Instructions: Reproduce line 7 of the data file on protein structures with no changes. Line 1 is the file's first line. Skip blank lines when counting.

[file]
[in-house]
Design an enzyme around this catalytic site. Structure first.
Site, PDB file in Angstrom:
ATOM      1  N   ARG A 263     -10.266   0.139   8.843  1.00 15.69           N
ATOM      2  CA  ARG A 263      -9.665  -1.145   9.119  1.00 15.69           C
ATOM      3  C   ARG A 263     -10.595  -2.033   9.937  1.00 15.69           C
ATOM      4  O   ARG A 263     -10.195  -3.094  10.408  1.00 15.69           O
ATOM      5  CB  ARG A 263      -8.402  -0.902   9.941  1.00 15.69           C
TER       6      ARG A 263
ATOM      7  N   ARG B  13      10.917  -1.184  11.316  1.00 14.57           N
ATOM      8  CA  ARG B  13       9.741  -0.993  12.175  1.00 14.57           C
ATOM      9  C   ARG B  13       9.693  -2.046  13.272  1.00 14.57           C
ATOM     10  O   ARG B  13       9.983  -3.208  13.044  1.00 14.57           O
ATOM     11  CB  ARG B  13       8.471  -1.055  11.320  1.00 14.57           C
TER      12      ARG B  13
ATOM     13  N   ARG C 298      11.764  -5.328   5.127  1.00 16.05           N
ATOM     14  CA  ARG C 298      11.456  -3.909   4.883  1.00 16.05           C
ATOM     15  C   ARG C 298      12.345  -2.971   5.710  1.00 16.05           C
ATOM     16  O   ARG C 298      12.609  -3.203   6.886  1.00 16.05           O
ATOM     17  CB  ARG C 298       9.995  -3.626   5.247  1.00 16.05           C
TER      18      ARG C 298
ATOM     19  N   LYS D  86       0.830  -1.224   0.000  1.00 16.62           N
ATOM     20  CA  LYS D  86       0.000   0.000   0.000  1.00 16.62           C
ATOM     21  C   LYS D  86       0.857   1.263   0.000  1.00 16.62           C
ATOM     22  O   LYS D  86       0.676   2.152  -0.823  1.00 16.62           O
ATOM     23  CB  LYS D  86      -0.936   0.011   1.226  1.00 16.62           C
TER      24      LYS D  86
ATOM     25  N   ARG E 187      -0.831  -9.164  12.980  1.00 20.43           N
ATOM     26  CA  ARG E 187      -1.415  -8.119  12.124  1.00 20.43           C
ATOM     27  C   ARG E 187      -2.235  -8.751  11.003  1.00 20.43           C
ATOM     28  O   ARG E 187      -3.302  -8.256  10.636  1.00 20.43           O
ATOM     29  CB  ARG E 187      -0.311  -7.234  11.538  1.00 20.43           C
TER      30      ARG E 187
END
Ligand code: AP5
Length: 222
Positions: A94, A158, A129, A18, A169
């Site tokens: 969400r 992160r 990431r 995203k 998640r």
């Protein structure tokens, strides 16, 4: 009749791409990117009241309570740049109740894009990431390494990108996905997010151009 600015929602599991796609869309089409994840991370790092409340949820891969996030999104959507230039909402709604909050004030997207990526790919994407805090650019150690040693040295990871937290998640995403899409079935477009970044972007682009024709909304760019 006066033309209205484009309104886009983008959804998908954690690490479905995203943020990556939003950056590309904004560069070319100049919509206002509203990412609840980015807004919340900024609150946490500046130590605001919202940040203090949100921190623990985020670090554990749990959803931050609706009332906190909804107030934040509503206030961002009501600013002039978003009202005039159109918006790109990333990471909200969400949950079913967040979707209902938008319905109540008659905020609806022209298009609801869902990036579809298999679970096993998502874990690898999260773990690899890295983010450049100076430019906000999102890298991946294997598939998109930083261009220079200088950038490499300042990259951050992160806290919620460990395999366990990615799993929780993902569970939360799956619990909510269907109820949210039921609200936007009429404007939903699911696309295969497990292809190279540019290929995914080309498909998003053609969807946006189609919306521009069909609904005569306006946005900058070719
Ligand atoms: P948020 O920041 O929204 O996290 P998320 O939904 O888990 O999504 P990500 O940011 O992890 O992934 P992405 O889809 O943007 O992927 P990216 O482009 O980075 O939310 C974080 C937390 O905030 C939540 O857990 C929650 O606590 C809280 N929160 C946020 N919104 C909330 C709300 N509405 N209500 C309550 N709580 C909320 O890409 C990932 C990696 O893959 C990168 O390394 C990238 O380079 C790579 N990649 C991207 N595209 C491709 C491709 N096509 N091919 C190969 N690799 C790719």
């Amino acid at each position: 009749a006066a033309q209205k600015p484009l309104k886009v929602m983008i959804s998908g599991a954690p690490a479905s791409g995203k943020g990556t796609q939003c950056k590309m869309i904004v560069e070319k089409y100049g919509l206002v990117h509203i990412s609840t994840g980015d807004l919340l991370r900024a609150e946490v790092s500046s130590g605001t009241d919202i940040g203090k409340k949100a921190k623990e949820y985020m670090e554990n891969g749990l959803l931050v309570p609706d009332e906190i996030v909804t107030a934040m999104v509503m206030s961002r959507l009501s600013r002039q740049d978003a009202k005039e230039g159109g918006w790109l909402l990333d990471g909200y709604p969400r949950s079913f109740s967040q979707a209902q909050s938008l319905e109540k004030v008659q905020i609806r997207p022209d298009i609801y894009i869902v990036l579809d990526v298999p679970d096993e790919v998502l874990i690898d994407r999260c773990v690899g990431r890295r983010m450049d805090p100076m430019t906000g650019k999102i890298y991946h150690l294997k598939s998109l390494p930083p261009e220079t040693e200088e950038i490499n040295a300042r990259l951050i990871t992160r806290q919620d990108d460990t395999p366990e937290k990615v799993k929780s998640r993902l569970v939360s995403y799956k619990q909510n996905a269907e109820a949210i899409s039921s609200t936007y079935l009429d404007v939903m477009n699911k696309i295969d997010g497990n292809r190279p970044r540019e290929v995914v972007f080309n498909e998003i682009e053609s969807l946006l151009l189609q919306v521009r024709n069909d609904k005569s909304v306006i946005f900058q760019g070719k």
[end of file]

ATOM      4  O   ARG A 263     -10.195  -3.094  10.408  1.00 15.69           O